located in Hungary. Sitting opposite the fireplace, the brewery operation remains visible to customers in the dining room. Enhancing the visual appeal, the brew tanks feature copper jackets. "This provides more warmth than stainless steel," Ludlow says. "It's worth the investment but requires more upkeep with constant polishing."
The brewery's system can serve four different beers at one time, and Tahquamenon Falls consistently rotates its offerings. Selections include a lumberjack light lager, which has a 45-day fermentation time, a light harvest wheat, a stout and a porcupine ale. Flavored beer varieties are also popular, including blueberry, cherry and raspberry.
While pale ales tend to be hoppy, Ludlow's are lighter. The brewery also offers Falls Tannin, which reflects the dark red color of the nearby Tahquamenon River.
Although the majority of beer is brewed and consumed on the premises, customers can fill half-gallon growlers to take with them.
"When we first opened, I had to walk around the dining room encouraging customers to try our different beer varieties," says Ludlow. "Now, people are no longer wary of trying microbrews."
Described as a casual fine-dining restaurant, Tahquamenon Falls Brewery & Pub's menu is different from what one might expect to find at a state park. Popular items include fresh whitefish, salmon and trout from nearby Lake Superior. Its homemade pasties, a traditional Upper Peninsula dish, consist of a double crust filled with lean ground beef, potatoes, onions, carrots and rutabaga, baked and served with side of gravy and coleslaw.
"Miners used to heat pasties on their gas lamps while working underground," says Ludlow.
At approximately 30 feet by 30 feet, the kitchen's battery of cooking equipment includes a chargrill for steaks and burgers, two ovens for baking, a broiler and a deep fryer.
With a growing number of visitors to the area, there has been talk about whether to expand the restaurant, which is maxed out on its property lines.
"Our inspiration for our brewery and pub was my grandfather's vision," says Ludlow. "This is a spot with great food, fresh beer and a resting place surrounded by the forest."
Enhancing the Eating Experience
The 21st Amendment Brewpub didn't just weather the economic recession along with a less-than-stellar location in a rundown neighborhood, it thrived.
Opening in San Francisco's South of Market neighborhood in 2000, the restaurant now benefits from its location, which has been upgraded to include pricey condos, upscale retail establishments and AT&T Park, home of the San Francisco Giants.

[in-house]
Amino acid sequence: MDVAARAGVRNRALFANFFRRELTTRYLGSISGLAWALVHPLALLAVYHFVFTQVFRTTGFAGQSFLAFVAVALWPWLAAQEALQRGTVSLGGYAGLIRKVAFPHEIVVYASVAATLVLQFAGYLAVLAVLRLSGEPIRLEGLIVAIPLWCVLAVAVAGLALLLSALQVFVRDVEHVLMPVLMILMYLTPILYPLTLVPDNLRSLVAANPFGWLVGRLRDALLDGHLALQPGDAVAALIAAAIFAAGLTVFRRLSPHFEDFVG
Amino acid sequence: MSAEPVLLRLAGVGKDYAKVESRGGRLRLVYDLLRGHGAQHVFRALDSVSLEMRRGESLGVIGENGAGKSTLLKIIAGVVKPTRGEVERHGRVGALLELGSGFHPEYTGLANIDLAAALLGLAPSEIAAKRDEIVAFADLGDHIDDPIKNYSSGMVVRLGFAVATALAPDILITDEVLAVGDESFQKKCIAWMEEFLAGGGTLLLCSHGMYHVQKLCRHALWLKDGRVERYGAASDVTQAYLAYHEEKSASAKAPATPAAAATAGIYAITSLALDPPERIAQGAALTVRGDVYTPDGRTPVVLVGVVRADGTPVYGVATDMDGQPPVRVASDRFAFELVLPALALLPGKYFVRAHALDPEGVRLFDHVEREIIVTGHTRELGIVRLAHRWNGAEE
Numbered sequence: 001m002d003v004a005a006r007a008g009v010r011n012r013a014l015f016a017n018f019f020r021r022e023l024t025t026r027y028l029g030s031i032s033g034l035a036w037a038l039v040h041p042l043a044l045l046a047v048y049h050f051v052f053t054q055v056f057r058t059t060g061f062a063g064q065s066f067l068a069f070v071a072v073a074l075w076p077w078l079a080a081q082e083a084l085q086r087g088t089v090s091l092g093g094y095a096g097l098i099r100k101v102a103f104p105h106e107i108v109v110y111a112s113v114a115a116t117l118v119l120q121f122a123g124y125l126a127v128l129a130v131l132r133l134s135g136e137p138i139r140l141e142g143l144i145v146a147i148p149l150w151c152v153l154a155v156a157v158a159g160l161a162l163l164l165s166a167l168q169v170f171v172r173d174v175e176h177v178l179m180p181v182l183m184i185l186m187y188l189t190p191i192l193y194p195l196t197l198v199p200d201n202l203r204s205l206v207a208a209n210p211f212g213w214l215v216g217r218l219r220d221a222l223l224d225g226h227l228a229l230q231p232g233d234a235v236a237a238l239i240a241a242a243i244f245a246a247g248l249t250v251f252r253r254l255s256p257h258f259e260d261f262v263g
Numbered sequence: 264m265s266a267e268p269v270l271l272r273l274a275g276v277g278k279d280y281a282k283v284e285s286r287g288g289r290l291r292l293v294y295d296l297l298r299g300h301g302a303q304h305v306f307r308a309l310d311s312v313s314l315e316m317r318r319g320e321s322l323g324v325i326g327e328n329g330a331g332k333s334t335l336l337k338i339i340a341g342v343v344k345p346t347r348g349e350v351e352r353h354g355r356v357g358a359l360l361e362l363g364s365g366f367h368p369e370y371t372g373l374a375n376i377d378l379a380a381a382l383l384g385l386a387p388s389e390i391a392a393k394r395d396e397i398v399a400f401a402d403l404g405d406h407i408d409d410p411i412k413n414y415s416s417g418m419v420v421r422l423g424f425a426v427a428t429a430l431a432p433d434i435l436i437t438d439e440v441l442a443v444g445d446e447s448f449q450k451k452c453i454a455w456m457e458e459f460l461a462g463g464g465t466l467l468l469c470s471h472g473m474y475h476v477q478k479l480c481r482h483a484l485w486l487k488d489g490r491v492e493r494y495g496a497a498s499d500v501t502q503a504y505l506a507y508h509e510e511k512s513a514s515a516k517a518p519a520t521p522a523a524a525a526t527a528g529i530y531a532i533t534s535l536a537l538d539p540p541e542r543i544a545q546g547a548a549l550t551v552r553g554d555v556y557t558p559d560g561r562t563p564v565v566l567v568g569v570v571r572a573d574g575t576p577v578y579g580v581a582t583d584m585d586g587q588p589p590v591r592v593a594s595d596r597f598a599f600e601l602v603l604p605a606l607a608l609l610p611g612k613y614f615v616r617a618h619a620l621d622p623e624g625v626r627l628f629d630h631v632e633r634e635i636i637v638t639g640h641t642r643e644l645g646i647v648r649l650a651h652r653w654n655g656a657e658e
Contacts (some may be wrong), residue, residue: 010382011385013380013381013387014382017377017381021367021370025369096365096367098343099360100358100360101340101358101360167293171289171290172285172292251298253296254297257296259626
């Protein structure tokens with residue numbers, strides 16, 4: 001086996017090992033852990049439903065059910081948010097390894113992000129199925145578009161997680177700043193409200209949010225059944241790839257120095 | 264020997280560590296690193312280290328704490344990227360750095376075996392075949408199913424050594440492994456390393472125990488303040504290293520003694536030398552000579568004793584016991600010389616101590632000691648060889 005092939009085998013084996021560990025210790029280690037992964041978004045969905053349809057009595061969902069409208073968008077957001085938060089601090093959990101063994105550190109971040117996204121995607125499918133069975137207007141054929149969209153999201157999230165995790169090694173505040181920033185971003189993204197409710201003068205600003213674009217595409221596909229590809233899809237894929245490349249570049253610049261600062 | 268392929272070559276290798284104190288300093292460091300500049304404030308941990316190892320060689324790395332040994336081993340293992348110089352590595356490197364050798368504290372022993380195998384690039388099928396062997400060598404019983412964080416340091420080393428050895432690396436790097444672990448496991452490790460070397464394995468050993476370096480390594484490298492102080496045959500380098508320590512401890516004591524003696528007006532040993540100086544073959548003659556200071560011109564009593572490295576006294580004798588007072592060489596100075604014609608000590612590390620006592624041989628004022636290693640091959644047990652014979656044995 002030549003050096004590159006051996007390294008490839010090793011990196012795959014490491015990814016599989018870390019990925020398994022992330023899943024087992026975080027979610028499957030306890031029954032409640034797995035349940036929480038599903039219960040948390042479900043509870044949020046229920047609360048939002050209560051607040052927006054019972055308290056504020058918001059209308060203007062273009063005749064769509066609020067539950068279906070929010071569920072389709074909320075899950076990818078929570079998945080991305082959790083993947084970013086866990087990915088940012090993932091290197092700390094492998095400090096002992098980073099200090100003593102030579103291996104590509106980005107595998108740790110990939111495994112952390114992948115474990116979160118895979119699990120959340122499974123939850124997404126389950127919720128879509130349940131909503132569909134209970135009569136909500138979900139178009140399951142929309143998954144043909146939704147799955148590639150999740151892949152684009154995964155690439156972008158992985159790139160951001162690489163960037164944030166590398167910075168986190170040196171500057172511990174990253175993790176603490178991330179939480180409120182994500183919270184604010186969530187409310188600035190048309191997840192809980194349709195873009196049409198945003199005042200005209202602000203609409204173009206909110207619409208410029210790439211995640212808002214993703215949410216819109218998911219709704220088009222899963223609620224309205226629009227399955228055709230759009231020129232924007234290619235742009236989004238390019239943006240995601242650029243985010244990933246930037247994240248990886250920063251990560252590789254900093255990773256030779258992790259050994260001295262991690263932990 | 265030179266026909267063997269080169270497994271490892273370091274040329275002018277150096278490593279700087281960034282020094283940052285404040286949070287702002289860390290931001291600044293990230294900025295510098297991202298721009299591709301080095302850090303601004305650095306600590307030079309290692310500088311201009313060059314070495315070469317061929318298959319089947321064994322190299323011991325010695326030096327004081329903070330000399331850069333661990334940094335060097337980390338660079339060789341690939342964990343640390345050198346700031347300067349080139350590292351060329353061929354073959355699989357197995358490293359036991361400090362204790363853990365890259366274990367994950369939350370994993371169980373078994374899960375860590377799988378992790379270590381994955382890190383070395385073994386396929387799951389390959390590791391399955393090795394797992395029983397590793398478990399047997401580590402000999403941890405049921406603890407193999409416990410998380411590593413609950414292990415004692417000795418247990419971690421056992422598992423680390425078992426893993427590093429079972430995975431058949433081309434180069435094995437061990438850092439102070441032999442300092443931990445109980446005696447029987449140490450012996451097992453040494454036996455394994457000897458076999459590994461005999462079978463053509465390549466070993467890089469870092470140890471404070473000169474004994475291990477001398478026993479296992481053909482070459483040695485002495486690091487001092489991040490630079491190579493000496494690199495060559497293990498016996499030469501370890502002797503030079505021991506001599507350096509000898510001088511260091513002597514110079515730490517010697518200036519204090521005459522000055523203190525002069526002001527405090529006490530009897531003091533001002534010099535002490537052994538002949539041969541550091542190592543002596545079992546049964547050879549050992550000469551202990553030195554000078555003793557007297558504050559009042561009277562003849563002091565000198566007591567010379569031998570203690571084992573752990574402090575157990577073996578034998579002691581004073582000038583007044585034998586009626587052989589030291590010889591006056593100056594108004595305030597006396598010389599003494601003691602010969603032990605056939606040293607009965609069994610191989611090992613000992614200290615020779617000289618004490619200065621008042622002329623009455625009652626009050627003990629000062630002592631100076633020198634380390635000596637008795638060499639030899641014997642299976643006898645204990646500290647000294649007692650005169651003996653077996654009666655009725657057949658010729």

"What a difference it makes to have Giant fans come through six months out of the year," says Rob Strasser, the brew pub's general manager. Even the influx of other eateries hasn't been detrimental to business. "What we bring to the table is much different than the other area restaurants."
Strasser attributes 21st Amendment's success to its beer and the craft brew revolution of the last decade. "For me personally, it had to do with making my own beer and quickly realizing that absolutely anything is possible," he says. "There is this notion of what beer is like, but when you explore incorporating almost any ingredient to make any type of beer you want, it's obvious this is a different animal."
Being able to incorporate food and beer pairing dinners, home brew demonstrations and beer tastings helps the brew pub achieve its goal of not only engaging customers but also immersing them in the craft beer experience.
"And just like we can incorporate any ingredient in beer, we can use our craft beer as an ingredient in our food dishes," says Strasser. "We're able to come up with different ideas for a wide variety of dishes, and beer really enhances the flavors."
The menu includes beer incorporated into fish-and-chips batter and barbecue sauces, with beer malts used as a key ingredient for pizza dough. Best-sellers include burgers with onions sautéed in beer, ribs with beer-infused sauce, pancakes with blueberries and a dark beer sauce, corned beef with beer au jus and homemade charcuterie platters with beer-infused sausage.
The brewery partners with local suppliers, including a sausage maker and ice cream manufacturer, which produce signature product lines incorporating 21st Amendment's craft beer. "Our Fireside Chat ice cream blends holiday spice ale, and we also have incorporated Monk's Blood, a dark
Belgian ale, into ice cream," says Strasser.
Sitting separate from the kitchen is the brewery, which consumes about 35 percent of the back of house. The brewery includes 12 barrels, 4 fermenters, a mash ton that doubles as a lager ton, a kettle and 6 bright tanks that have been custom welded vertically to conserve space.